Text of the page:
I feel like I'm starting to hit my stride now, with almost four years of LARP photography under my belt. I've shot just over 30 LARP events so far and each time I'm still learning something new. I feel like I genuinely have thirty games worth of experience - rather than just shooting the same thing thirty times.
One of the things that photographing LARP has taught me is that not showing things can be as important as showing them.
This weekend saw the end of Odyssey LRP. When the system started, six years ago, it broke new ground with the standards that a fest LARP in the UK would expect from participants. It also had some pretty impressive props provided for the players to interact with.
The arena must surely be one of the most beautiful and impressive works of set building in the UK LARP community. End gates with spectator boxes, bleachers, and large fabric sails to keep the sun (and the rain) away from those watching. Walls made from wood, assembled on site each event. Banners for each group and for many stories adorning the walls of this sacred stadium - almost all donated kindly by players.
Special weapons and costume pieces were given out by the story team for players to use. Quintessence and coin was produced and put into the hands of the players. Armour and masks were commissioned in order to fit the setting exactly.
Attention to detail was high, this was a game that would break new ground. And break new ground it certainly did - as it paved the way for Empire LRP.
But not everything in the game benefits from being photographed.
Some things are secret. For instance at Odyssey LRP not all characters can interact with all locations in the game. Only certain characters could access the World Forge, the Map Room, and the area containing the philosophy puzzles.
On my first event I was asked to avoid showing some of these things in my photographed. It was requested if I photographed 'secrets' that I wait until after Odyssey had finished to release the pictures. It was never an issue - Odyssey was only ever planned to run for six years. No photograph was ever more important than the integrity of the game.
But now I can release pictures of the beautiful World Forge, created by Gill Francis. I expect I will never see a prop that is quite like it ever again. I have no idea how it works - but I'm sure others can tell you that if you want to know.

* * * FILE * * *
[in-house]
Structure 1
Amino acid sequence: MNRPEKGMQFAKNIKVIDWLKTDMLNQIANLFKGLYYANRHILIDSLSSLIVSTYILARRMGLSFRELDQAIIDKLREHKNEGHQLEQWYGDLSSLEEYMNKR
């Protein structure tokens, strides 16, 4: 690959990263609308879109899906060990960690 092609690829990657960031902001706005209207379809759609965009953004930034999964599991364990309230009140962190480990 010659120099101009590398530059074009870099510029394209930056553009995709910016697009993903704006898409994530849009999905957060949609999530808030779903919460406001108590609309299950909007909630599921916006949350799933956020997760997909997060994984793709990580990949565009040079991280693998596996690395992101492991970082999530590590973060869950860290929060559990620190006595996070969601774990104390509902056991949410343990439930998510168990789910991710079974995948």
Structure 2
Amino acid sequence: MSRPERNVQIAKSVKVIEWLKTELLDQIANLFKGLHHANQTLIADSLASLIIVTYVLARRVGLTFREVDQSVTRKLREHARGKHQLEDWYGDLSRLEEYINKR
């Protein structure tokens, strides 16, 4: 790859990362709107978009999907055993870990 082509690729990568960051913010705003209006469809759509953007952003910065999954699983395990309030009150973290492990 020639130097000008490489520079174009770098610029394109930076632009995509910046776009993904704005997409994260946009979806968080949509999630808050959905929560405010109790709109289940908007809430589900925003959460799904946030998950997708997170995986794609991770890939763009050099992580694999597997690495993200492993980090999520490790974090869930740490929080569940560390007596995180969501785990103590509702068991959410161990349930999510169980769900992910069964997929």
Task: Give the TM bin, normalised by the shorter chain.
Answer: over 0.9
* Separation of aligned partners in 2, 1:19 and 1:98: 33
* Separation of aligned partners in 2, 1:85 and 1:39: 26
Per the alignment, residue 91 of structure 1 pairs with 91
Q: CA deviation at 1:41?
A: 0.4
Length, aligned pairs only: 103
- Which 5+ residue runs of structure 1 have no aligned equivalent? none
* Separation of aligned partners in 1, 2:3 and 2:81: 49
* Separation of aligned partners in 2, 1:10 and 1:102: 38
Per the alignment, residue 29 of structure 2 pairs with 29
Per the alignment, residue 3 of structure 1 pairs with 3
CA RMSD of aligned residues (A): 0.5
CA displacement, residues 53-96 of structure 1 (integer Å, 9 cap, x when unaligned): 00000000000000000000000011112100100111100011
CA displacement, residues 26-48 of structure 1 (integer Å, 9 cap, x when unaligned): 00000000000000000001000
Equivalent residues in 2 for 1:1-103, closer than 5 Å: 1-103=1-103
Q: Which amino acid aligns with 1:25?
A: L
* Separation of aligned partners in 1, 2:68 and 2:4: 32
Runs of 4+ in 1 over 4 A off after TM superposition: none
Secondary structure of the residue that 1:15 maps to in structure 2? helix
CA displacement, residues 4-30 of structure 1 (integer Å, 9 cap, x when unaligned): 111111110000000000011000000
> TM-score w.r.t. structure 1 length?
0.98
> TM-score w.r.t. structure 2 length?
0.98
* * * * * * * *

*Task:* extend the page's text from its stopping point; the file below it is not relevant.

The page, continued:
It was a remarkable thing to photograph. It was placed in a tent that was almost pitch black. Light emanated from within the giant structure. Tags hung from the outside of the Forge. And players huddled around deciding what move they should make next.
It was magical. Truly. I have not encountered anything quite like it since. And I never did go back to visit it again, after I photographed it, because I did not want to break the memory.
I was also asked not to photograph the God audiences. Odyssey did not have the budget of a Hollywood movie. And without some serious special effects it's hard to make a roleplayer look like a God. The God audiences, that were so crucial to Odyssey, relied on roleplay and player buy-in to be the huge success that they became.
I am assured that nothing compares to being bellowed at by your God, begging for mercy at their feet at Odyssey LRP. But at the end of the day, these were a load of LARPers in old army garage tents, often swathed in old bedsheets and charity shop accessories. But that doesn't mean that they weren't incredible, intense moments that defined characters, stories, and the game itself.
They just weren't the kind of thing that would ever lend themselves to being photographed. So I simply didn't photograph them. In retrospect perhaps I could have shot some 'behind the scenes' images to release after the game, but I still think that they would have taken some of the magic away.
Memories are a powerful thing. We, as humans, tend to forget the bits that were a bit rough round the edges and instead focus on the best. Rose-tinted spectacles we tend to refer to this phenomenon as. A bit like when we remember the great bits of 80s fashion - but we forget the hideous shoulder-pads.
In the future nobody will remember that the God were wearing bedsheets, the gladiators were slightly tango coloured, or that the arena occasionally fell over (and was held together by pure willpower some of the time). They will remember the memories and the stories - and as photographers I feel it's my job to try and support those memories.
I said to myself that at the thirteenth, and final, annual of Odyssey LRP that I would set aside time to photograph the Map Room, the Quests, the Story Room and all those other little bits and pieces that I had not photographed so far.
But increasingly as the weekend went on I was aware that these things don't translate well into photographs. In the end, I decided not to even take those photographs.
Odyssey is not a game of army tents, marquees, bedsheets, and sticky-back plastic. It is a game of heroes. Of Champions. Of difficult decisions.
But mostly Odyssey was a game of stories. And sometimes stories are best left to the imagination.